I hear voices. Negative voices. As long as I can remember. Endless judging voices in my head. They don’t care about me. They just call me things to hurt me, to knock me down, and to define me a failure. They are very creative in coming up with cynical, negative and dramatic arguments to make their point. That I am worthless and a burden. They are always there; and energize themselves on my tiredness, hormonal changes, or just vulnerable humanity. Sometimes, they are calling into a void; When I am able to not listen. Or, when I have distraction, when things are good, when I have space, or when I get help from people who understand me.

The committee

Recently, one of my best friends gave the voices a name. He called them the committee. I was struggling with our tennis match and suffered from loud negative voices. During a short break I managed to turn a compliment about my game, with a lot of nonscientific and irrational bullshit, into something he was the hero in. “Wauw!”, he proclaimed, “that committee upstairs is really going strong!”, as he pointed at my head. And, although tears where close, a smile came. He put out his tongue at the committee and said “let’s go”. And I followed him.

Negative voices

It seems to be the best way to go; name the things that bother you. Name it, and make it part of you instead of the whole you. In that way, you do not let it define you. Because this committee wants to make you believe that everything they say is you. But you are more. You are someone who is bullied by a committee in her head. Which is there, but they do not have to control everything.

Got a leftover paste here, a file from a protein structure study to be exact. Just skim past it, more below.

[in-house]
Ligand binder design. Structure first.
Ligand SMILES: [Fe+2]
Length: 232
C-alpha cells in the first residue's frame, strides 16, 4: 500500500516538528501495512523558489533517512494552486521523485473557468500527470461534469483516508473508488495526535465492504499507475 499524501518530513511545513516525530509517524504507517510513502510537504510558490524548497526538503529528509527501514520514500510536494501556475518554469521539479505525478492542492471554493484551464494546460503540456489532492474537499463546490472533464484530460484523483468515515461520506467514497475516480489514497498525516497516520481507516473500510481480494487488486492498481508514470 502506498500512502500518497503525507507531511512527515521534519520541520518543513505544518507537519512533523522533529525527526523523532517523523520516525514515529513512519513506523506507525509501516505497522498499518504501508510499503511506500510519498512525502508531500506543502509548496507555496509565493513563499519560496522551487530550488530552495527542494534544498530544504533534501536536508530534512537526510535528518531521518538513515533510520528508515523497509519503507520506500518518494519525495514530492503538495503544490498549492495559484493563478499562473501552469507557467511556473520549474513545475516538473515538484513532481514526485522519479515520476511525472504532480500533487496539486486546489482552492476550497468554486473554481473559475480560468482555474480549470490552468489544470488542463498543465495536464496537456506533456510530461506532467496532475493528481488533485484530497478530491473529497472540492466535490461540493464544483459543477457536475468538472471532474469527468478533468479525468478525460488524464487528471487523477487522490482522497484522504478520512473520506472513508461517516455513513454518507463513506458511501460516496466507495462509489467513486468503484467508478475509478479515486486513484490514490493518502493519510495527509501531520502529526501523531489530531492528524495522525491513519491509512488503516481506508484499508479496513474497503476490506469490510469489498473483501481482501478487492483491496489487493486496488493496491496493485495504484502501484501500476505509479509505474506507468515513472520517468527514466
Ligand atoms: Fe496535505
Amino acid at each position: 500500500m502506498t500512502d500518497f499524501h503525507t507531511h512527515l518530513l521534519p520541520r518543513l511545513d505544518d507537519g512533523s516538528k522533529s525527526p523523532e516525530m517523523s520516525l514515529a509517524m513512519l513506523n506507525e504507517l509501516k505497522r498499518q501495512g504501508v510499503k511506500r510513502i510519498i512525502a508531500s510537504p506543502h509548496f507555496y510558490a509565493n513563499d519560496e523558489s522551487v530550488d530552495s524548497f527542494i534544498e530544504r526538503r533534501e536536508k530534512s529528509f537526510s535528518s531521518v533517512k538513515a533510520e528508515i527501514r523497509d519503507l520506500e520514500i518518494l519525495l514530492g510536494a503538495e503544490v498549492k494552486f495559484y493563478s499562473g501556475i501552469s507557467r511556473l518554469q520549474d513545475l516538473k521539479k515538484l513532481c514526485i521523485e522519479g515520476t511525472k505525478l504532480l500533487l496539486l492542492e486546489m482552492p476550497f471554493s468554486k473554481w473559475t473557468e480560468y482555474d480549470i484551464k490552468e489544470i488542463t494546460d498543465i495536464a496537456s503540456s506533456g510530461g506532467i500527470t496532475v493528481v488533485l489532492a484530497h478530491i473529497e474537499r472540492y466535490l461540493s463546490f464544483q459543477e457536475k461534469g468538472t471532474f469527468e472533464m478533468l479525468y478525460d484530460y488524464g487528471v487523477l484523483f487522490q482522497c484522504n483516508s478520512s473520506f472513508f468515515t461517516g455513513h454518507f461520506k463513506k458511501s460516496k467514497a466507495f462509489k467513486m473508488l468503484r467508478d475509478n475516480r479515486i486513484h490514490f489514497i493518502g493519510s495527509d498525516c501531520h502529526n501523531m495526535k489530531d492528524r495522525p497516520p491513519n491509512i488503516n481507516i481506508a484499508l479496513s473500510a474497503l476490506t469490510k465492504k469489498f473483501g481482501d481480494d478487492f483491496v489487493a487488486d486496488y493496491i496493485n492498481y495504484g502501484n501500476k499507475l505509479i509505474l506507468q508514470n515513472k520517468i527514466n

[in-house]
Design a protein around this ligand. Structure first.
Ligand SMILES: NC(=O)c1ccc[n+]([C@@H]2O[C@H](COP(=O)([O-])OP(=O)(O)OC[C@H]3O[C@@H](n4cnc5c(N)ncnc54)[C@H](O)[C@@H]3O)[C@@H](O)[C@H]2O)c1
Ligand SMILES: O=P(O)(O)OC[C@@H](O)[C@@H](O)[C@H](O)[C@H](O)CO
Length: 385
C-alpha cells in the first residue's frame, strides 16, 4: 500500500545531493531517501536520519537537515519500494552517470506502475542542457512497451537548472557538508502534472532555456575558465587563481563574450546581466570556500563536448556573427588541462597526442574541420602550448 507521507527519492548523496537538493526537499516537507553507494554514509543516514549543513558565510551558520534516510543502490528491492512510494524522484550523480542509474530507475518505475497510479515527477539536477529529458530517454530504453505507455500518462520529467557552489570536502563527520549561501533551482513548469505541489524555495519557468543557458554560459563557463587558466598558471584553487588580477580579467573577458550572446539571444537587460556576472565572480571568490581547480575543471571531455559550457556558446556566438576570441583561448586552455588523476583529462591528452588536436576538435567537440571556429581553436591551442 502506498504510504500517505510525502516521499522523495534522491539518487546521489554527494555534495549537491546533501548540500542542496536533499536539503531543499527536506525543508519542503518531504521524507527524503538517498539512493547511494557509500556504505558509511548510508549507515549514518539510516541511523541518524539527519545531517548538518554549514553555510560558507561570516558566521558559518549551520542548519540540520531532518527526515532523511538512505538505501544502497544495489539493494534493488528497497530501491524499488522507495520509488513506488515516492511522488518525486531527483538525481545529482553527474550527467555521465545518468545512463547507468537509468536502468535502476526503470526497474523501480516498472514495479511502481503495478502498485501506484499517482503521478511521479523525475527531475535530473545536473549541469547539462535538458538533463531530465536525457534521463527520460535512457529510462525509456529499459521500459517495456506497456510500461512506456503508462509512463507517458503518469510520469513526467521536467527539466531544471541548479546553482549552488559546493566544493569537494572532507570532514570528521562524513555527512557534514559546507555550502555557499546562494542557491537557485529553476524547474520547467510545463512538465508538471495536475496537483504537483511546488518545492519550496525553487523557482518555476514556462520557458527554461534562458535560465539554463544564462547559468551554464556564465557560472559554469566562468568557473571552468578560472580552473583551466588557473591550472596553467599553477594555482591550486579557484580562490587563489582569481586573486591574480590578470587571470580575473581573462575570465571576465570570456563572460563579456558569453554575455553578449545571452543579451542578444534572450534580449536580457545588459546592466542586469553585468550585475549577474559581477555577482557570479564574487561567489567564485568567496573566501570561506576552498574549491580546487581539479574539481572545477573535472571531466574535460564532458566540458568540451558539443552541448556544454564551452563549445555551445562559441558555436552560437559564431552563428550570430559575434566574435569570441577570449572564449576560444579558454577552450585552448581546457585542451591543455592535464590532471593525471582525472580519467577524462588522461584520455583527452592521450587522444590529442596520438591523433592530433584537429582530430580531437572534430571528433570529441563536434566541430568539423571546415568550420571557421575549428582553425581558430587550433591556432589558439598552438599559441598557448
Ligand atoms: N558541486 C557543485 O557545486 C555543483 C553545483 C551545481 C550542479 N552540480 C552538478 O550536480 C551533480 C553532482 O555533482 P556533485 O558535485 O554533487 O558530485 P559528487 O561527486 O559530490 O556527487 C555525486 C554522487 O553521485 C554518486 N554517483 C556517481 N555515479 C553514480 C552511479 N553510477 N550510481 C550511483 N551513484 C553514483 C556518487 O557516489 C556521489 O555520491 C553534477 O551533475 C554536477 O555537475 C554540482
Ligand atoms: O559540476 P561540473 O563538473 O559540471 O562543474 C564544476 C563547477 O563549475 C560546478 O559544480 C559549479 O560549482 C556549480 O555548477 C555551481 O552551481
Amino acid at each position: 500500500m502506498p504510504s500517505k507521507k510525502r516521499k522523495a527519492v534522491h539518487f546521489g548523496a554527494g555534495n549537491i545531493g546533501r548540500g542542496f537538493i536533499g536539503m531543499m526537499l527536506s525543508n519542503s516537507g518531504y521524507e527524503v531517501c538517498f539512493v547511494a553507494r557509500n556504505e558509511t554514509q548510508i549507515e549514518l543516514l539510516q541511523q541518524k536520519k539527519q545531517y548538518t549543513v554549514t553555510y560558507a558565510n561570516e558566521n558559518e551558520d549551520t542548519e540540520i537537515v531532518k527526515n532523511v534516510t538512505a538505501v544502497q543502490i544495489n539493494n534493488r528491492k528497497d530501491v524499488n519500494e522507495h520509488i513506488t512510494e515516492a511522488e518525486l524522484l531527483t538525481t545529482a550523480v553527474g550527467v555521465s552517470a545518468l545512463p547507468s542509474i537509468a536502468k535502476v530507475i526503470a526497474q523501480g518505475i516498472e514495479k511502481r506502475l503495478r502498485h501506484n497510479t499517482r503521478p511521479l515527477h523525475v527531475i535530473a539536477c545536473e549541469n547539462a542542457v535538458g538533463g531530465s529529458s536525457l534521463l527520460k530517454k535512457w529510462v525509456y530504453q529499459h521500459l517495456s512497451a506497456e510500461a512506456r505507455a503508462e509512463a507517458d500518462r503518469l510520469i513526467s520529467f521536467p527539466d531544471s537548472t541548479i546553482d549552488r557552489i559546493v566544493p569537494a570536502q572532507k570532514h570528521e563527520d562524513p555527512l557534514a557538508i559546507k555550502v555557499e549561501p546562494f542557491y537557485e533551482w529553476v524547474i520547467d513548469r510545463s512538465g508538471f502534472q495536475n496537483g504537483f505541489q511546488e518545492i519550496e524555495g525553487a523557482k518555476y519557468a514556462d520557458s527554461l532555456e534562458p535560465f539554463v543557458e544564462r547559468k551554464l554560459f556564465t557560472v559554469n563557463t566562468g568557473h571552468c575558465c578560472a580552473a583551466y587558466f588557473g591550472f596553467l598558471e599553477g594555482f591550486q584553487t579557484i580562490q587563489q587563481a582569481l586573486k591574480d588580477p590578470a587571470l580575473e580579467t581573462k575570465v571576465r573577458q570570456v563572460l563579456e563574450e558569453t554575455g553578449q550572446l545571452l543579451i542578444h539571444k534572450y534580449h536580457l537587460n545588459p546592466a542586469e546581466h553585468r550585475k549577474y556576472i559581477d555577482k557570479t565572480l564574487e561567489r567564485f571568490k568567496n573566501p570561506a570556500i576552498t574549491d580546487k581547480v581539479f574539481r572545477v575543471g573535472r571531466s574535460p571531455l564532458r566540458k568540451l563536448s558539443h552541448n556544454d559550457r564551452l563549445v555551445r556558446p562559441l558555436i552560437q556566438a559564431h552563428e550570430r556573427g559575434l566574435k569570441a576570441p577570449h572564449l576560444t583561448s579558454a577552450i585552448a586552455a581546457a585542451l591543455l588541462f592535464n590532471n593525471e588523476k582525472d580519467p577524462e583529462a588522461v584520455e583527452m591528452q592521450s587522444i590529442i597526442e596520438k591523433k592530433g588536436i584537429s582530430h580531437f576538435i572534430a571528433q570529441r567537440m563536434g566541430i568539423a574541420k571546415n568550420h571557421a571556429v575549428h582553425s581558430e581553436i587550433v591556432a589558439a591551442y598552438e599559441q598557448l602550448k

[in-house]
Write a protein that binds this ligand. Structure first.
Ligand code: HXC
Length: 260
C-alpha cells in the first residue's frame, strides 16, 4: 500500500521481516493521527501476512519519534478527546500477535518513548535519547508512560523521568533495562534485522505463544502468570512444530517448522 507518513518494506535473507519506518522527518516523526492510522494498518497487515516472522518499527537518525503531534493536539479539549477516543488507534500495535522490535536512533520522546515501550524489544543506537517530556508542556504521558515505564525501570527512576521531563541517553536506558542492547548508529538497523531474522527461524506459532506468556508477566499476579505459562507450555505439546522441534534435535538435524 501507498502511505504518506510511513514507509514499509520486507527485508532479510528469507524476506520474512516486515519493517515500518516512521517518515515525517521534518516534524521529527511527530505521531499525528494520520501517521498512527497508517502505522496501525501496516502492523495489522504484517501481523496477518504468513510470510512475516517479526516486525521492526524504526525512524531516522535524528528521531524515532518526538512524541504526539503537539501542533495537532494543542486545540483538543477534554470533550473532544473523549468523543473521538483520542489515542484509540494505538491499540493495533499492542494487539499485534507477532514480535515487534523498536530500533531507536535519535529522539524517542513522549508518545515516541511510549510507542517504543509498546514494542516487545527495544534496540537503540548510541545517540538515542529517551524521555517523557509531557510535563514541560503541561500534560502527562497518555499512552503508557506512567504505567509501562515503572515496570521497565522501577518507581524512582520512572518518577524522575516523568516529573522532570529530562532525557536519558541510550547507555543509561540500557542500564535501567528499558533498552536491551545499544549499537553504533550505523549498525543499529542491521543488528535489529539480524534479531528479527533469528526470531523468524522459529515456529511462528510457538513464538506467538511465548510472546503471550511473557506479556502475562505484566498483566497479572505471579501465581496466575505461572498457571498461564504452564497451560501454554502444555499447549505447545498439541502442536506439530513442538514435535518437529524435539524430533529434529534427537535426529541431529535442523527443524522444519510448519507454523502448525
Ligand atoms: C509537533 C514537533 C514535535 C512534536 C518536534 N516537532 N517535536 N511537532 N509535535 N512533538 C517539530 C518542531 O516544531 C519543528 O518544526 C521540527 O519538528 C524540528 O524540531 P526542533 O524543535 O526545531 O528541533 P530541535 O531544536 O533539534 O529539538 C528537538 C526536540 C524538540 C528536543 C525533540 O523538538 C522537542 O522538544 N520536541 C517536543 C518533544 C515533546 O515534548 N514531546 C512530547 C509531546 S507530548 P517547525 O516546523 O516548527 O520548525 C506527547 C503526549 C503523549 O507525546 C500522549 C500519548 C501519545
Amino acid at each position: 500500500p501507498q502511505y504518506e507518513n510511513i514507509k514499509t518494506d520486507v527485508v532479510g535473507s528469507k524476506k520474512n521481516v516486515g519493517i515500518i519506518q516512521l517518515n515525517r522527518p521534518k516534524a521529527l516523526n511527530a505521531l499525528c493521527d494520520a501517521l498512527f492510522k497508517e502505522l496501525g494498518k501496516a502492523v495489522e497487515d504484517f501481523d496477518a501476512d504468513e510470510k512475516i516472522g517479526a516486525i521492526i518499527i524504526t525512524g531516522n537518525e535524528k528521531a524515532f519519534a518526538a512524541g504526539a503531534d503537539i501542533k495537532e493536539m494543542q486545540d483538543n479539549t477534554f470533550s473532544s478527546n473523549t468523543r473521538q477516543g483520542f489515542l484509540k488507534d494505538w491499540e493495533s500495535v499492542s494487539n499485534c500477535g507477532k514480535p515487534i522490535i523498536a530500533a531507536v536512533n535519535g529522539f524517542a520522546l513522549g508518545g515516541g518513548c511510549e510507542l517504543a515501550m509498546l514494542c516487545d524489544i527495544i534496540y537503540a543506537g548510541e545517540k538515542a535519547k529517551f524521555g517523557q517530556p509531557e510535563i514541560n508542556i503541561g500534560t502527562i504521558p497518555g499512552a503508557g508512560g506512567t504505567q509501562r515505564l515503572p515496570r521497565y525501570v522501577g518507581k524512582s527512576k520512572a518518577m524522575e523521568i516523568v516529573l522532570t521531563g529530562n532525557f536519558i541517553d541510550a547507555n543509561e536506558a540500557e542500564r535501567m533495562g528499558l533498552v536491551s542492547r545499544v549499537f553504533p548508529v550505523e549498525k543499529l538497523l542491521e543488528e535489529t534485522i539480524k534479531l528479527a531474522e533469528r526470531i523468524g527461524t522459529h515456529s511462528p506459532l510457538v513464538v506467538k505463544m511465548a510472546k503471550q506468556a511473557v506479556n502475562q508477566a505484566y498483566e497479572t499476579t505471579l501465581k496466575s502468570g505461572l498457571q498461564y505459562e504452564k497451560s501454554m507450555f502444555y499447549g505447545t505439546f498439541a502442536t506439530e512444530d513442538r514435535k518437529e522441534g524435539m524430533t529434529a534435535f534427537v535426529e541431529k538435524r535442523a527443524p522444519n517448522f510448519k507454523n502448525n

Naming things has worked for me before. I talk to my depression for example. I will say out loud, whilst lying in bed: “Well, I do not know what you are going to do, but I am getting out of bed and move myself to the couch downstairs now. You can stay here, or come with me. Either way, I am going.” Getting from bed to couch is the first careful step to getting better again. And for me to recognize that something, the depression, is bothering me, but not defining me, will give me the chance to make decisions independent of that burden.

Giving it a name

Because the voices have a name now, and I can refer to the committee, it makes it easier to talk about. To acknowledge it. It is so much safer to be ashamed of a part of you, than of you all together. It is smaller.
What’s also very important, is saying these things that go on in your head out loud. Also in front of others. Because saying something out loud can be very confronting, but can also put things into perspective. You throw something into the world. And that world is bigger than your head. You will see that when you say things out loud.
And of course when you talk about these things in front of people that love you, you create the opportunity for getting help and support. That is what happened to me in this case. These people see you as a whole person, when you cannot. Listen.

Be kind to yourself

My friend found a way to create an opening for me to grow and learn. To treat the voices in a different way. I know I can grow, and I also know that I will succeed. I just also want to say to myself; do not raise the bar too much, because the voices might not disappear completely. And sometimes you won’t be able to defend yourself against these waves of negativity. And when you can’t, you will be disappointed, and may have to give up/in. But you will only do this, because then you will have the chance to rest and get up again. Only to pick up where you left off with the things you want to do and make you happy.

X Bouwke

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Bouwke

NiceDay Writer. Organizational and work psychologist. I love nature, traveling and photography. I like to move and exercise, especially tennis, pilates / yoga and walking. With my story I am committed to more openness about mental health and I want to reduce stigmas around these topics. You can find me on Instagram: I am one Movement and backpackingbouwke and on Twitter: @iambouwke

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